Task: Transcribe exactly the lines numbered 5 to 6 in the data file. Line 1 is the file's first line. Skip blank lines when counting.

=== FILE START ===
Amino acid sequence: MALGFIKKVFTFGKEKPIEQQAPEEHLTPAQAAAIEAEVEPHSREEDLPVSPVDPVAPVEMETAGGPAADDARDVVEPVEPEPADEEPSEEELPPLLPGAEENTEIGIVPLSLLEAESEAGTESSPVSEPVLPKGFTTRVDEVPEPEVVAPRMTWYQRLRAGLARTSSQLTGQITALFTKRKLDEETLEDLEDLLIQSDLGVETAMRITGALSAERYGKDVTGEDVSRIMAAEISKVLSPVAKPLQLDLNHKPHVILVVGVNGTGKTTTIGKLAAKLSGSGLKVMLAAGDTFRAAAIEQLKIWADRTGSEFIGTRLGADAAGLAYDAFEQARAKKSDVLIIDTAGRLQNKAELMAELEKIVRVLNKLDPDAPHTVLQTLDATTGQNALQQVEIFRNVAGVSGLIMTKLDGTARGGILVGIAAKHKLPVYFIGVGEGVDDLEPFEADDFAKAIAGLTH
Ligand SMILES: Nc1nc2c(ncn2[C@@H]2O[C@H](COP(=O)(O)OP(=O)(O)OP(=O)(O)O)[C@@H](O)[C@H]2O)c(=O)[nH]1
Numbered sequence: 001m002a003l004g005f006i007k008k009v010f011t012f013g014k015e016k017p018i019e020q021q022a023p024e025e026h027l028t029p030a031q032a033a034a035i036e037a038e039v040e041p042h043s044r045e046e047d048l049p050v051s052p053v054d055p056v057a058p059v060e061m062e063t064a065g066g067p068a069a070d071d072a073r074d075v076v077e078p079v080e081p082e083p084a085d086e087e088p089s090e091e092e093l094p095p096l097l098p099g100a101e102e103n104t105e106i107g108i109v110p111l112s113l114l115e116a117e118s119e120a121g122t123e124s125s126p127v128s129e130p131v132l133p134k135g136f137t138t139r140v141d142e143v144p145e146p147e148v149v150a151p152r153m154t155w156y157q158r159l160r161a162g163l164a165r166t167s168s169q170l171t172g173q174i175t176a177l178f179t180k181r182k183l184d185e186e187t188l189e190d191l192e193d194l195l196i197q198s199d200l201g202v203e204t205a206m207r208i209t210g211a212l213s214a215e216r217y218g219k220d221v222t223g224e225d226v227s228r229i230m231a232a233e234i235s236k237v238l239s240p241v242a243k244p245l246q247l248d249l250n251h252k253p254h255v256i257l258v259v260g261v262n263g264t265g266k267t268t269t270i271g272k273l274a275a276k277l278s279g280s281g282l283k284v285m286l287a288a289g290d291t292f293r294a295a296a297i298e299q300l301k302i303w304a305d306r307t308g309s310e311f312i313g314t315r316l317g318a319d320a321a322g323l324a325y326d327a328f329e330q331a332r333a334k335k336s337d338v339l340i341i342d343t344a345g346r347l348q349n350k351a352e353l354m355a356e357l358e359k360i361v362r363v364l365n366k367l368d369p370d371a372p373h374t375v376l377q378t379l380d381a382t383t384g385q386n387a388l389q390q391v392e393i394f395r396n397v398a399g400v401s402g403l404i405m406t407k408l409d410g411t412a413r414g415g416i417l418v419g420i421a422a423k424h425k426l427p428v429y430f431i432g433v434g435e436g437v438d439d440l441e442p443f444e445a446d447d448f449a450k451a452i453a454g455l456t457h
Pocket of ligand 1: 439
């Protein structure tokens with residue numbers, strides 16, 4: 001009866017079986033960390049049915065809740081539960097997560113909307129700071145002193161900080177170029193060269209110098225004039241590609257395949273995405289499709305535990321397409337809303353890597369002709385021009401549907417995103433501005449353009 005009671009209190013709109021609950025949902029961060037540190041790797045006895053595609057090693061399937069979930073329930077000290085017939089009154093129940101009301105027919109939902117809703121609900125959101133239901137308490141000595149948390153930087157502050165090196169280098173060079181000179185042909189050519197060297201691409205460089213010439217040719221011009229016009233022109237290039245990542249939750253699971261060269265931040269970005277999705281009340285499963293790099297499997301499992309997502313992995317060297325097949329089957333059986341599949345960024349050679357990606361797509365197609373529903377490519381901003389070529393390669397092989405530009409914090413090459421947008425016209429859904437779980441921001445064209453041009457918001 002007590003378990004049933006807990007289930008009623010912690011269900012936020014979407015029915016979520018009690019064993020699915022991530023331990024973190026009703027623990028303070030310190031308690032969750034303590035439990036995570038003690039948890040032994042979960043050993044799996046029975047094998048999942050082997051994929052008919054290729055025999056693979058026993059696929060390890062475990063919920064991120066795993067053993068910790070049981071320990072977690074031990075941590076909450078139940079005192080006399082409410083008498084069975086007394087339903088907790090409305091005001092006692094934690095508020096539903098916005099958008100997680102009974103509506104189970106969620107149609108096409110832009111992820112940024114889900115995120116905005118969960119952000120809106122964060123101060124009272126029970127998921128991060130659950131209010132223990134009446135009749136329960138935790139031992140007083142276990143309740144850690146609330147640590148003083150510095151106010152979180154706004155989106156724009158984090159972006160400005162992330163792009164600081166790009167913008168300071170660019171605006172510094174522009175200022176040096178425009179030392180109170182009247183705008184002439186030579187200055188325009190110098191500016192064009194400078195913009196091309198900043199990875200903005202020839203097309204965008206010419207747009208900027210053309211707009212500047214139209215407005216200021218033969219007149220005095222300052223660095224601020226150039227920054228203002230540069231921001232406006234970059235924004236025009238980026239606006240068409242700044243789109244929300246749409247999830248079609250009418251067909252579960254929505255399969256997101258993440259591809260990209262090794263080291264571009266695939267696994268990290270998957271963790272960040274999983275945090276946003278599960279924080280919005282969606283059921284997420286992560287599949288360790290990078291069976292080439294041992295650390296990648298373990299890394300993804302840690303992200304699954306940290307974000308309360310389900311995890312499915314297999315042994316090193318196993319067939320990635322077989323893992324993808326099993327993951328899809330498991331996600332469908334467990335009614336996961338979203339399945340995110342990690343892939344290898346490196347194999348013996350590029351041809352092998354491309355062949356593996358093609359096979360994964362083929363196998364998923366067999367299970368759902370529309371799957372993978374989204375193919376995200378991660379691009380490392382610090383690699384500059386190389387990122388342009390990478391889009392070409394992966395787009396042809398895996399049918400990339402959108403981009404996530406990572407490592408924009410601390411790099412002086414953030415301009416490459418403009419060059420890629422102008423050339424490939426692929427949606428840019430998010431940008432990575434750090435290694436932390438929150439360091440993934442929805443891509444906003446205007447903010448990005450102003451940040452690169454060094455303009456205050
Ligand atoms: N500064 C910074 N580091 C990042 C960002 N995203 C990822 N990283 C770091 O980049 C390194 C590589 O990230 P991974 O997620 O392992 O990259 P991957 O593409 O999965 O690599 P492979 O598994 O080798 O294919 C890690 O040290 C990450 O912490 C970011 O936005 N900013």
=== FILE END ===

């Protein structure tokens with residue numbers, strides 16, 4: 001009866017079986033960390049049915065809740081539960097997560113909307129700071145002193161900080177170029193060269209110098225004039241590609257395949273995405289499709305535990321397409337809303353890597369002709385021009401549907417995103433501005449353009 005009671009209190013709109021609950025949902029961060037540190041790797045006895053595609057090693061399937069979930073329930077000290085017939089009154093129940101009301105027919109939902117809703121609900125959101133239901137308490141000595149948390153930087157502050165090196169280098173060079181000179185042909189050519197060297201691409205460089213010439217040719221011009229016009233022109237290039245990542249939750253699971261060269265931040269970005277999705281009340285499963293790099297499997301499992309997502313992995317060297325097949329089957333059986341599949345960024349050679357990606361797509365197609373529903377490519381901003389070529393390669397092989405530009409914090413090459421947008425016209429859904437779980441921001445064209453041009457918001 002007590003378990004049933006807990007289930008009623010912690011269900012936020014979407015029915016979520018009690019064993020699915022991530023331990024973190026009703027623990028303070030310190031308690032969750034303590035439990036995570038003690039948890040032994042979960043050993044799996046029975047094998048999942050082997051994929052008919054290729055025999056693979058026993059696929060390890062475990063919920064991120066795993067053993068910790070049981071320990072977690074031990075941590076909450078139940079005192080006399082409410083008498084069975086007394087339903088907790090409305091005001092006692094934690095508020096539903098916005099958008100997680102009974103509506104189970106969620107149609108096409110832009111992820112940024114889900115995120116905005118969960119952000120809106122964060123101060124009272126029970127998921128991060130659950131209010132223990134009446135009749136329960138935790139031992140007083142276990143309740144850690146609330147640590148003083150510095151106010152979180154706004155989106156724009158984090159972006160400005162992330163792009164600081166790009167913008168300071170660019171605006172510094174522009175200022176040096178425009179030392180109170182009247183705008184002439186030579187200055188325009190110098191500016192064009194400078195913009196091309198900043199990875200903005202020839203097309204965008206010419207747009208900027210053309211707009212500047214139209215407005216200021218033969219007149220005095222300052223660095224601020226150039227920054228203002230540069231921001232406006234970059235924004236025009238980026239606006240068409242700044243789109244929300246749409247999830248079609250009418251067909252579960254929505255399969256997101258993440259591809260990209262090794263080291264571009266695939267696994268990290270998957271963790272960040274999983275945090276946003278599960279924080280919005282969606283059921284997420286992560287599949288360790290990078291069976292080439294041992295650390296990648298373990299890394300993804302840690303992200304699954306940290307974000308309360310389900311995890312499915314297999315042994316090193318196993319067939320990635322077989323893992324993808326099993327993951328899809330498991331996600332469908334467990335009614336996961338979203339399945340995110342990690343892939344290898346490196347194999348013996350590029351041809352092998354491309355062949356593996358093609359096979360994964362083929363196998364998923366067999367299970368759902370529309371799957372993978374989204375193919376995200378991660379691009380490392382610090383690699384500059386190389387990122388342009390990478391889009392070409394992966395787009396042809398895996399049918400990339402959108403981009404996530406990572407490592408924009410601390411790099412002086414953030415301009416490459418403009419060059420890629422102008423050339424490939426692929427949606428840019430998010431940008432990575434750090435290694436932390438929150439360091440993934442929805443891509444906003446205007447903010448990005450102003451940040452690169454060094455303009456205050
Ligand atoms: N500064 C910074 N580091 C990042 C960002 N995203 C990822 N990283 C770091 O980049 C390194 C590589 O990230 P991974 O997620 O392992 O990259 P991957 O593409 O999965 O690599 P492979 O598994 O080798 O294919 C890690 O040290 C990450 O912490 C970011 O936005 N900013």